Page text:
In response, many residents of Chicago are starting to embrace the idea of rent control. This would allow local governments to put a cap on what landlords can charge. Chicago residents have pushed state legislators to introduce bills that would rescind a statewide ban on rent control. Legislation also would establish regional boards to cap rents, Bowman said.

Where is Rent Control Legislation in Illinois?

As of early March, 2019, the rent-control bills were still moving through the Illinois Legislature. Bowman said he was uncertain if the bills would pass. However, he said a coalition of realtor, apartment owner and property owner associations, including IMHA, is making “great headway” in educating state legislators about the ill effects of rent control. But Chicago is Illinois’ most populated city. Its presence looms large in the state Legislature, Bowman said.

The proposed legislation doesn’t single out manufactured housing communities. Yet, if enacted, the legislation could cap lot rents the same way it would cap rents for apartments and other income-producing properties.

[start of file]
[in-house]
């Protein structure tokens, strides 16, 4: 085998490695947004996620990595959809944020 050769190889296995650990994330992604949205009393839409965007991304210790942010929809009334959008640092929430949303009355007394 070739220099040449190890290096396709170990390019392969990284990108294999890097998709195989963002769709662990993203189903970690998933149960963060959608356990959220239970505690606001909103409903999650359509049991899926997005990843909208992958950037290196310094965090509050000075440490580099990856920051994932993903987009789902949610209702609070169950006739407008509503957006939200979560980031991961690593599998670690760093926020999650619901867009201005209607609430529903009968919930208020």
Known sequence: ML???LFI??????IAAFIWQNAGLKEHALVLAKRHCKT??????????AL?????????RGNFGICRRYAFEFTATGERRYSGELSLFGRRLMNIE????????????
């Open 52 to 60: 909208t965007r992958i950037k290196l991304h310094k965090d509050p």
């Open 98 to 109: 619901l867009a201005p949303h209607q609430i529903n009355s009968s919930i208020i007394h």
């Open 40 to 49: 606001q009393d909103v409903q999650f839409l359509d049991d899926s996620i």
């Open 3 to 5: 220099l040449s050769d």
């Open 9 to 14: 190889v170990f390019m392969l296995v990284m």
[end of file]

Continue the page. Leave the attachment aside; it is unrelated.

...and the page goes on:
What’s Wrong with Rent Control?

According to Bowman, the appeal of rent control is that it sounds like a simple solution: If you think your rent is too high, just pass a law to cap it.

However, the consequence of rent control is complex. An abundance of national studies and reports have been published from both sides of the political spectrum. These make it clear that rent control can do more harm than good. For starters, it limits the supply of affordable housing. Residents of rent-controlled housing tend to stay where they are, keeping that housing off the market. To make up for lost profits, owners raise rents on their non-rent-controlled housing. Or they turn the rent-controlled housing into condominiums. In summary, would-be renters end up competing for living space in a shrinking market. And a shrinking market tends to raise prices, Bowman said.